If you dance barefoot on the broken glass of undefined behaviour, you've got to expect the occasional cut.
    If at first you don't succeed, try writing your phone number on the exam paper.
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  6. #6
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    Code:
    char fractionOne[FR_MAX_INPUT+1];
       char fractionTwo[FR_MAX_INPUT+1];
       char *p;
       long x, y;
    
       printf("Fractions\n");
       printf("------------------\n");
    
       printf("Enter fraction #1: ");
       fgets(fractionOne, FR_MAX_INPUT+1, stdin);
    
       /* test to makesure that we have ALL of the line */
       if(fractionOne[strlen(fractionOne) - 1] != '\n') {
          /* the newline must be in the buffer */
          readRestOfLine();
       } else { /* get rid of the new line from the input */
          fractionOne[strlen(fractionOne) - 1] = '\0';
       }
    
       x = strtol(fractionOne, &p, 0);
       while(isspace(*p || *p == '/')) p ++;
       y = strtol(p, NULL, 0);
    
       printf("x is %d\n: ", x);
       printf("y is %d\n: ", y);

  7. #7
    CSharpener vart's Avatar
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    isspace(*p || *p == '/')
    shouldn't it be
    Code:
    isspace(*p) || *p == '/'
    The first 90% of a project takes 90% of the time,
    the last 10% takes the other 90% of the time.

  8. #8
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    Nah, I thought that at first but it still produces the same output.

  9. #9
    Woof, woof! zacs7's Avatar
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    There won't necessarily be a newline on the end of text entered into stdin, the FAQ demonstrates a good method on determining if there is - and to remove it if it's there.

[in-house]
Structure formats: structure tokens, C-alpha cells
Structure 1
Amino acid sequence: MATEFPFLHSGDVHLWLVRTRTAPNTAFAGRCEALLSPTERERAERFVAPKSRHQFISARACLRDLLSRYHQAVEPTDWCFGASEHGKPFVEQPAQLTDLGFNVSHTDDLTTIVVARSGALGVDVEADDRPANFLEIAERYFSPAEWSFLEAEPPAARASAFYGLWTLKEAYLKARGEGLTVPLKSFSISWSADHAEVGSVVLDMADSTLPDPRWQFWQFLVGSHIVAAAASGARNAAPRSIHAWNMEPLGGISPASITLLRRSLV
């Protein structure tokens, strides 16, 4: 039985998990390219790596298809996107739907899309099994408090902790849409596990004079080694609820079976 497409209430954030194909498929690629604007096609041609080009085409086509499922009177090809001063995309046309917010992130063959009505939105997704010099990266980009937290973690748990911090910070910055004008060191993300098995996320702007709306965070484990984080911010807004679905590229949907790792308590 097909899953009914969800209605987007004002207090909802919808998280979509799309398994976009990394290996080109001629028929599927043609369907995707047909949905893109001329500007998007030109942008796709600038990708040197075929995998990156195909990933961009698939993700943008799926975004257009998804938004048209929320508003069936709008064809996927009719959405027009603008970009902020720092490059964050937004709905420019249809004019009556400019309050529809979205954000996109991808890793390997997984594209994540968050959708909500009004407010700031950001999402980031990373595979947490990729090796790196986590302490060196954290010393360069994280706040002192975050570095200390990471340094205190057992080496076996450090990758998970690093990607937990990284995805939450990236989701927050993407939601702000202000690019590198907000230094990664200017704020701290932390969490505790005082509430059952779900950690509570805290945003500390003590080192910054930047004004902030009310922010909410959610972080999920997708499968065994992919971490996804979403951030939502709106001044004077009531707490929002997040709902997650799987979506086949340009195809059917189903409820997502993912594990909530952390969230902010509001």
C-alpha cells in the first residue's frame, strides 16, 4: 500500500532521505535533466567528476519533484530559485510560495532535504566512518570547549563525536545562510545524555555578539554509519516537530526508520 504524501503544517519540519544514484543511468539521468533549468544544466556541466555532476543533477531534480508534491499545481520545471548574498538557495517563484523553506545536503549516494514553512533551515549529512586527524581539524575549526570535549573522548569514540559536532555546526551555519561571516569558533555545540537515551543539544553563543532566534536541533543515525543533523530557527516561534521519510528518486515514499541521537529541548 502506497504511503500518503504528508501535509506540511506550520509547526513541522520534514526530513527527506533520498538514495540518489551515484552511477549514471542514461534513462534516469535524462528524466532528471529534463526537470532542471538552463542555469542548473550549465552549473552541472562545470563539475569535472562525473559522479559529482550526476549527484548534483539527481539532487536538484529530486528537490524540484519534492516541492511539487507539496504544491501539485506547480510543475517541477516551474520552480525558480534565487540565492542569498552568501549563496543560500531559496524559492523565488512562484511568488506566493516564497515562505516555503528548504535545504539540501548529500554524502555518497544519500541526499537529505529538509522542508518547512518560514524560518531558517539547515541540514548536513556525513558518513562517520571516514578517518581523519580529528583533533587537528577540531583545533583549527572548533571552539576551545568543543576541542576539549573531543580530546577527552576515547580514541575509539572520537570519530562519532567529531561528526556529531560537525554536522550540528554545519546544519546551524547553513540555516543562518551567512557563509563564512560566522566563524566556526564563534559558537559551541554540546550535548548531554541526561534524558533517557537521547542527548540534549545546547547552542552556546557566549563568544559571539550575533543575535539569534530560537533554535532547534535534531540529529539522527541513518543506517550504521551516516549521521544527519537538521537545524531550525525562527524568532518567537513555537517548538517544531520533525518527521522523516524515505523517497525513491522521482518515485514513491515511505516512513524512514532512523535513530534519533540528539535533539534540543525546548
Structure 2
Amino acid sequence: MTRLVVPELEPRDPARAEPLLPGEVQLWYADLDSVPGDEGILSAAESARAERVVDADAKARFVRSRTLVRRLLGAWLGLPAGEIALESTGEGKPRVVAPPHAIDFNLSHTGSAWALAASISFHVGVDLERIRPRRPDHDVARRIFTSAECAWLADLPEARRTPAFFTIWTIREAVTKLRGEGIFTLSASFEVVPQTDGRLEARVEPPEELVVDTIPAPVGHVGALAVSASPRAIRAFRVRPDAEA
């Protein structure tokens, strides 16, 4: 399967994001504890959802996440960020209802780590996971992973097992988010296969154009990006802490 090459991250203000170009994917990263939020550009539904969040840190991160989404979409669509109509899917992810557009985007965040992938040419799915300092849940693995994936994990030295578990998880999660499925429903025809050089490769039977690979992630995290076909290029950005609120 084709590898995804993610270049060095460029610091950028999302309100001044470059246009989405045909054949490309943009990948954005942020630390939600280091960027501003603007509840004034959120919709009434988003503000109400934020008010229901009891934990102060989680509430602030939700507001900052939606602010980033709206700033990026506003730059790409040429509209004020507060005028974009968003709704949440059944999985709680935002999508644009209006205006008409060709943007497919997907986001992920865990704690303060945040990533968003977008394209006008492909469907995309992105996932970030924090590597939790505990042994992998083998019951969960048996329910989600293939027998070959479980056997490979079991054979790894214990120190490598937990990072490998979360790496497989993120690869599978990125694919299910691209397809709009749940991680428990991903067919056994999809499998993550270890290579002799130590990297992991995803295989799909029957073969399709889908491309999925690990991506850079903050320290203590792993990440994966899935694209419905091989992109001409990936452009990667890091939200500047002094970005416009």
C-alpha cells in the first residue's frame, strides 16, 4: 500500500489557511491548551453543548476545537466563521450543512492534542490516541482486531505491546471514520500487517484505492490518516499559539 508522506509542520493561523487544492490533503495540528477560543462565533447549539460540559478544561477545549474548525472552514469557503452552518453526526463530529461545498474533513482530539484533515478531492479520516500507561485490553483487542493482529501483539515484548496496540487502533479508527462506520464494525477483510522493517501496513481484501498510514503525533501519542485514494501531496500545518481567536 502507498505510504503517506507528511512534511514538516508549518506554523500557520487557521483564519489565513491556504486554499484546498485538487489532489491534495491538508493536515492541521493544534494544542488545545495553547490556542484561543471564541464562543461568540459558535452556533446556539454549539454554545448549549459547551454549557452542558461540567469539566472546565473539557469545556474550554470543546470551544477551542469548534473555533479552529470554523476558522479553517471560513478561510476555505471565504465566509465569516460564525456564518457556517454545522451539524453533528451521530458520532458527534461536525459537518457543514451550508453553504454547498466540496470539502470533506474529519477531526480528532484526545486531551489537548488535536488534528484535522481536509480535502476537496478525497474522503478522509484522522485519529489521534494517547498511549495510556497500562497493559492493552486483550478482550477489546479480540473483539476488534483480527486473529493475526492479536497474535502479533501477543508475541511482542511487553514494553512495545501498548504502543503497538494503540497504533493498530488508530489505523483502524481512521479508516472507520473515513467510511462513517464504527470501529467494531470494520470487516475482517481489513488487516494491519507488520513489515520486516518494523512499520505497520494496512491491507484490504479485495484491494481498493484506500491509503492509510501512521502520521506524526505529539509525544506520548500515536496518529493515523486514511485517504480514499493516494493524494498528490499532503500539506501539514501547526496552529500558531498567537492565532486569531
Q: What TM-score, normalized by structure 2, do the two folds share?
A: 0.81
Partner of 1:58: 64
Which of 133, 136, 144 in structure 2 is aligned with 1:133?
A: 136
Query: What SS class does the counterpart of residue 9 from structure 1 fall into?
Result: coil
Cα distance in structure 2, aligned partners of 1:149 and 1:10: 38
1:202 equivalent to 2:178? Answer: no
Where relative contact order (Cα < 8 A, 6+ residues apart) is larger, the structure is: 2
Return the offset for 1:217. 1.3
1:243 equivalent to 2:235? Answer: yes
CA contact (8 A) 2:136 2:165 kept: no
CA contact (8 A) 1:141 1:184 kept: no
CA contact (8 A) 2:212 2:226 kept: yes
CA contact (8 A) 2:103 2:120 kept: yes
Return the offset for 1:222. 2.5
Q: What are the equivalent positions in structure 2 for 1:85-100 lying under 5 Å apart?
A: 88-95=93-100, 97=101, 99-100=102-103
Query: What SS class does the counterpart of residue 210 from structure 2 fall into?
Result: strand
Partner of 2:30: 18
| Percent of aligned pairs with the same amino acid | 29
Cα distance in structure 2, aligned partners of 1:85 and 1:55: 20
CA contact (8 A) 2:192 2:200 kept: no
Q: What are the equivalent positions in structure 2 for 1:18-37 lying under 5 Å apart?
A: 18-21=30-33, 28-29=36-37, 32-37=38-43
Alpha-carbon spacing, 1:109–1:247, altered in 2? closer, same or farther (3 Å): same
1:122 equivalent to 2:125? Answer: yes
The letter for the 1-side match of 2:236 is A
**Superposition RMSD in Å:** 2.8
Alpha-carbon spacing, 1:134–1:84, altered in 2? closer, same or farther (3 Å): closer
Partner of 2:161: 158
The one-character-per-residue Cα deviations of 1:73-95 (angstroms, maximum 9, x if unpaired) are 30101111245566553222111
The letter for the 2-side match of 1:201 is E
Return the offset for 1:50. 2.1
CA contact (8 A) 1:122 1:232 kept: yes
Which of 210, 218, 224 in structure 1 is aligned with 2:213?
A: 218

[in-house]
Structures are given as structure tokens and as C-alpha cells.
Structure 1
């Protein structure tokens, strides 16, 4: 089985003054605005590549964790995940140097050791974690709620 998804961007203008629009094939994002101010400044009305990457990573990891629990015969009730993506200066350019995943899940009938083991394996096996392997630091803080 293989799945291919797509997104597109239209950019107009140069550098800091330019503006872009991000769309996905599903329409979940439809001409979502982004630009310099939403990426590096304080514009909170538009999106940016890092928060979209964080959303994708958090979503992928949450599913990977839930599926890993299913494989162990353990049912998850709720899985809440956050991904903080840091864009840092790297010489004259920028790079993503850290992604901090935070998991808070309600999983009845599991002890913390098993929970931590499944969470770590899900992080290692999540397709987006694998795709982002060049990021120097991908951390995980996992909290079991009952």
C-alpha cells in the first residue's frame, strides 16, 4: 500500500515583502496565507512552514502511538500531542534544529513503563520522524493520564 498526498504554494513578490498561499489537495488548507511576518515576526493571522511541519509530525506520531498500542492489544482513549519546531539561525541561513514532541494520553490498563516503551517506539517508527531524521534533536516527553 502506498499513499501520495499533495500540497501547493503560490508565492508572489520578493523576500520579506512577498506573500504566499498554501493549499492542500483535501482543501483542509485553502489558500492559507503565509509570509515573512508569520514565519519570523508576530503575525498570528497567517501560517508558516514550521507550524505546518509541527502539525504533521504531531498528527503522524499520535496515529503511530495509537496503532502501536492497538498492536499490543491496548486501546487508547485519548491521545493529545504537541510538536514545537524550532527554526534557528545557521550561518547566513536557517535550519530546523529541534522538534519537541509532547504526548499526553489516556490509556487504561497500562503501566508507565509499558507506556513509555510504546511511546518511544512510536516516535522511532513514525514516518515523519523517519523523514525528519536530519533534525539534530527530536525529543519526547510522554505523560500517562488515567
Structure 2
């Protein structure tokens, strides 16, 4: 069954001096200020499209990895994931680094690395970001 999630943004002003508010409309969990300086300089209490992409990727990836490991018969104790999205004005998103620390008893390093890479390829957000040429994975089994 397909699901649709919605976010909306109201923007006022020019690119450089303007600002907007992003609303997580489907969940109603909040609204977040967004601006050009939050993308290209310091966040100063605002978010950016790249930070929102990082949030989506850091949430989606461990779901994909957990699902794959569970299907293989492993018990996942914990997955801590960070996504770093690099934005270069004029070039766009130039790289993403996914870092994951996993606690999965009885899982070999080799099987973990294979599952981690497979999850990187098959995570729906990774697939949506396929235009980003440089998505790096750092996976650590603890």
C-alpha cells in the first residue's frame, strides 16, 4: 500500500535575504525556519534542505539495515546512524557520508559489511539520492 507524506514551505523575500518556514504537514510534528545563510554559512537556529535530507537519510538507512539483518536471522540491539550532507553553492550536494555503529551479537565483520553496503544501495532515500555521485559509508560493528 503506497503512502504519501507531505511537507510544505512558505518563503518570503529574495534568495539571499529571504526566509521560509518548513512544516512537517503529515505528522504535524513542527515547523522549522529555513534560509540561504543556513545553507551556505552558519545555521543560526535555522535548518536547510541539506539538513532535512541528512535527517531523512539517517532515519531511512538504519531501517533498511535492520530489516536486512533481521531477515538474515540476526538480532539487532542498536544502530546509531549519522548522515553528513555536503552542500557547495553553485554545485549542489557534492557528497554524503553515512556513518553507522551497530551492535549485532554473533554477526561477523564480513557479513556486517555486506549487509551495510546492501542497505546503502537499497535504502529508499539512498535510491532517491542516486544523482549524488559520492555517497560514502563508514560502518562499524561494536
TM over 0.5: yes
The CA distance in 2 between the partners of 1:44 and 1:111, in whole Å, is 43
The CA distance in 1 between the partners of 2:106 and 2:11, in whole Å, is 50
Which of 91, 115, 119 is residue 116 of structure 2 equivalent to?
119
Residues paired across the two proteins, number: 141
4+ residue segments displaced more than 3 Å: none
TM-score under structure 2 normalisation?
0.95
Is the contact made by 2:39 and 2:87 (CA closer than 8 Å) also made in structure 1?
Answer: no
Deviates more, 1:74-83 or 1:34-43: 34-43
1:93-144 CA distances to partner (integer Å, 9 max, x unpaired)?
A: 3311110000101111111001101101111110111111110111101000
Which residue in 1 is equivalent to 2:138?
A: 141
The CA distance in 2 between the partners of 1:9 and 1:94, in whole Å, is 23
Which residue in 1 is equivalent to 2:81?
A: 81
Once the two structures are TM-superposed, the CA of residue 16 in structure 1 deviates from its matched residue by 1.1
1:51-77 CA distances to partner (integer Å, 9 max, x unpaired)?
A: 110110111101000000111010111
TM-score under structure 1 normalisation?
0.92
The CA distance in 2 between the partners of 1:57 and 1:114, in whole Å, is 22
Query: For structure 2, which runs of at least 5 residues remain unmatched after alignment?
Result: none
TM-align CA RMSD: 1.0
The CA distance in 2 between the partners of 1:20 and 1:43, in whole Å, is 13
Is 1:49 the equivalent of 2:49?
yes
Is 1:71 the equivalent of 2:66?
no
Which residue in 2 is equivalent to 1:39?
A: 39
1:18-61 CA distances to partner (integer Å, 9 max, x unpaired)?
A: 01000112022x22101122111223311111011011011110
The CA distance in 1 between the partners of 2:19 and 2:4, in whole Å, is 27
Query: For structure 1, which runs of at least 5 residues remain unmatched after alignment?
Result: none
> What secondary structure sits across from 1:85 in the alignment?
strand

10. #10
    and the hat of wrongness Salem's Avatar
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    Works for me - note the change to the printf's at the end.
    Code:
    #include <stdio.h>
    #include <string.h>
    #include <stdlib.h>
    #include <ctype.h>
    
    #define FR_MAX_INPUT 100
    
    int main ( void ) {
       char fractionOne[FR_MAX_INPUT+1];
       char *p;
       long x, y;
    
       printf("Fractions\n");
       printf("------------------\n");
    
       printf("Enter fraction #1: ");
       fgets(fractionOne, FR_MAX_INPUT+1, stdin);
    
       /* test to makesure that we have ALL of the line */
       if(fractionOne[strlen(fractionOne) - 1] != '\n') {
          /* the newline must be in the buffer */
          /*readRestOfLine();*/
       } else { /* get rid of the new line from the input */
          fractionOne[strlen(fractionOne) - 1] = '\0';
       }
    
       x = strtol(fractionOne, &p, 0);
       while( isspace(*p) || *p == '/' ) p ++;
       y = strtol(p, NULL, 0);
    
       printf("x is %ld\n", x);
       printf("y is %ld\n", y);
       return 0;
    }
    
    $ ./a.exe
    Fractions
    ------------------
    Enter fraction #1: 12/34
    x is 12
    y is 34
    If you dance barefoot on the broken glass of undefined behaviour, you've got to expect the occasional cut.
    If at first you don't succeed, try writing your phone number on the exam paper.